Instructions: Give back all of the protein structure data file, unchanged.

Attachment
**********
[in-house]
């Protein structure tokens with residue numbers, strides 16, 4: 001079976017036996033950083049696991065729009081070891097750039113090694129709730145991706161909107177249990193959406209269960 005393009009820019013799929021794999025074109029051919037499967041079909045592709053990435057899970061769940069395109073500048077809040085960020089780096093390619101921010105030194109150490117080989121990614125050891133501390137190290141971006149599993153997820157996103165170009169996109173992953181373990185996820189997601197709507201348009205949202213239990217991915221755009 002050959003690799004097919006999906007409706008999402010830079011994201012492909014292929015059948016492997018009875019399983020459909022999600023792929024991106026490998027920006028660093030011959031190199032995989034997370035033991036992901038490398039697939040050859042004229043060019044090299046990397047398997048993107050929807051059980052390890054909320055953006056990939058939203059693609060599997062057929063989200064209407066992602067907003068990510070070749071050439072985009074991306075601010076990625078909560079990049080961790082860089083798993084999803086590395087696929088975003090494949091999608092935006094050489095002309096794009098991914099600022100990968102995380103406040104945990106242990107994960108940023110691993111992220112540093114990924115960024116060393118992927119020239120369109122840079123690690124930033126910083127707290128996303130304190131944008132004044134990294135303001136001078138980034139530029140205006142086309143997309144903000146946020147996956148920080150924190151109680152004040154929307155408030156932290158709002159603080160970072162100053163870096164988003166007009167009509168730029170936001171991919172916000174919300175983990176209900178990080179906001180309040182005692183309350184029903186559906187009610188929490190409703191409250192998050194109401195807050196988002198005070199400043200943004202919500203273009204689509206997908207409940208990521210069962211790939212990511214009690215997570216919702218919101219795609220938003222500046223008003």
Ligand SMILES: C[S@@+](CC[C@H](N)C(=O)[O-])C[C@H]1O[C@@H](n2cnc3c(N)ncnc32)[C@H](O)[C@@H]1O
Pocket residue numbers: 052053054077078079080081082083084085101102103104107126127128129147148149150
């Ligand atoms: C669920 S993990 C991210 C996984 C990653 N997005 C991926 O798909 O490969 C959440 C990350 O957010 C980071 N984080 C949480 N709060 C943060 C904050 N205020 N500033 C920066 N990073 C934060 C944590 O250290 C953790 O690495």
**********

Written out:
[in-house]
């Protein structure tokens with residue numbers, strides 16, 4: 001079976017036996033950083049696991065729009081070891097750039113090694129709730145991706161909107177249990193959406209269960 005393009009820019013799929021794999025074109029051919037499967041079909045592709053990435057899970061769940069395109073500048077809040085960020089780096093390619101921010105030194109150490117080989121990614125050891133501390137190290141971006149599993153997820157996103165170009169996109173992953181373990185996820189997601197709507201348009205949202213239990217991915221755009 002050959003690799004097919006999906007409706008999402010830079011994201012492909014292929015059948016492997018009875019399983020459909022999600023792929024991106026490998027920006028660093030011959031190199032995989034997370035033991036992901038490398039697939040050859042004229043060019044090299046990397047398997048993107050929807051059980052390890054909320055953006056990939058939203059693609060599997062057929063989200064209407066992602067907003068990510070070749071050439072985009074991306075601010076990625078909560079990049080961790082860089083798993084999803086590395087696929088975003090494949091999608092935006094050489095002309096794009098991914099600022100990968102995380103406040104945990106242990107994960108940023110691993111992220112540093114990924115960024116060393118992927119020239120369109122840079123690690124930033126910083127707290128996303130304190131944008132004044134990294135303001136001078138980034139530029140205006142086309143997309144903000146946020147996956148920080150924190151109680152004040154929307155408030156932290158709002159603080160970072162100053163870096164988003166007009167009509168730029170936001171991919172916000174919300175983990176209900178990080179906001180309040182005692183309350184029903186559906187009610188929490190409703191409250192998050194109401195807050196988002198005070199400043200943004202919500203273009204689509206997908207409940208990521210069962211790939212990511214009690215997570216919702218919101219795609220938003222500046223008003």
Ligand SMILES: C[S@@+](CC[C@H](N)C(=O)[O-])C[C@H]1O[C@@H](n2cnc3c(N)ncnc32)[C@H](O)[C@@H]1O
Pocket residue numbers: 052053054077078079080081082083084085101102103104107126127128129147148149150
């Ligand atoms: C669920 S993990 C991210 C996984 C990653 N997005 C991926 O798909 O490969 C959440 C990350 O957010 C980071 N984080 C949480 N709060 C943060 C904050 N205020 N500033 C920066 N990073 C934060 C944590 O250290 C953790 O690495």